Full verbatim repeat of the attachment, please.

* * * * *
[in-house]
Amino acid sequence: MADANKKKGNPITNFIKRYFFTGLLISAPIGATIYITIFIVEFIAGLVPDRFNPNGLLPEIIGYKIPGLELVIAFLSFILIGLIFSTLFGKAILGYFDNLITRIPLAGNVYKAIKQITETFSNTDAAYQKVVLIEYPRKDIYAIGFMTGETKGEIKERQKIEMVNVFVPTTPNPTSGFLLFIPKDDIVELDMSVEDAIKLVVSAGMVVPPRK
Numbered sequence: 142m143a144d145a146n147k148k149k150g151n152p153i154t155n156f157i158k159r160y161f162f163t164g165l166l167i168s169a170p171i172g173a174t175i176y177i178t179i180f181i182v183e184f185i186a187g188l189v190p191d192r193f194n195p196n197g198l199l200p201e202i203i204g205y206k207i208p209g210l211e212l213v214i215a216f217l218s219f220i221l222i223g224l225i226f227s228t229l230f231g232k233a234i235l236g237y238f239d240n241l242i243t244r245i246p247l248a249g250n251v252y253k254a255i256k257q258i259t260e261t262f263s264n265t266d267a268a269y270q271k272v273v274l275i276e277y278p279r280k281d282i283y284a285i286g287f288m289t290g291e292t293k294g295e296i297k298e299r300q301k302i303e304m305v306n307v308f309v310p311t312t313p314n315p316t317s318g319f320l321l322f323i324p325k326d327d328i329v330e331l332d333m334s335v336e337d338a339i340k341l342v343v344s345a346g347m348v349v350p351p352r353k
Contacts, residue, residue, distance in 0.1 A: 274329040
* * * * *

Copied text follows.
[in-house]
Amino acid sequence: MADANKKKGNPITNFIKRYFFTGLLISAPIGATIYITIFIVEFIAGLVPDRFNPNGLLPEIIGYKIPGLELVIAFLSFILIGLIFSTLFGKAILGYFDNLITRIPLAGNVYKAIKQITETFSNTDAAYQKVVLIEYPRKDIYAIGFMTGETKGEIKERQKIEMVNVFVPTTPNPTSGFLLFIPKDDIVELDMSVEDAIKLVVSAGMVVPPRK
Numbered sequence: 142m143a144d145a146n147k148k149k150g151n152p153i154t155n156f157i158k159r160y161f162f163t164g165l166l167i168s169a170p171i172g173a174t175i176y177i178t179i180f181i182v183e184f185i186a187g188l189v190p191d192r193f194n195p196n197g198l199l200p201e202i203i204g205y206k207i208p209g210l211e212l213v214i215a216f217l218s219f220i221l222i223g224l225i226f227s228t229l230f231g232k233a234i235l236g237y238f239d240n241l242i243t244r245i246p247l248a249g250n251v252y253k254a255i256k257q258i259t260e261t262f263s264n265t266d267a268a269y270q271k272v273v274l275i276e277y278p279r280k281d282i283y284a285i286g287f288m289t290g291e292t293k294g295e296i297k298e299r300q301k302i303e304m305v306n307v308f309v310p311t312t313p314n315p316t317s318g319f320l321l322f323i324p325k326d327d328i329v330e331l332d333m334s335v336e337d338a339i340k341l342v343v344s345a346g347m348v349v350p351p352r353k
Contacts, residue, residue, distance in 0.1 A: 274329040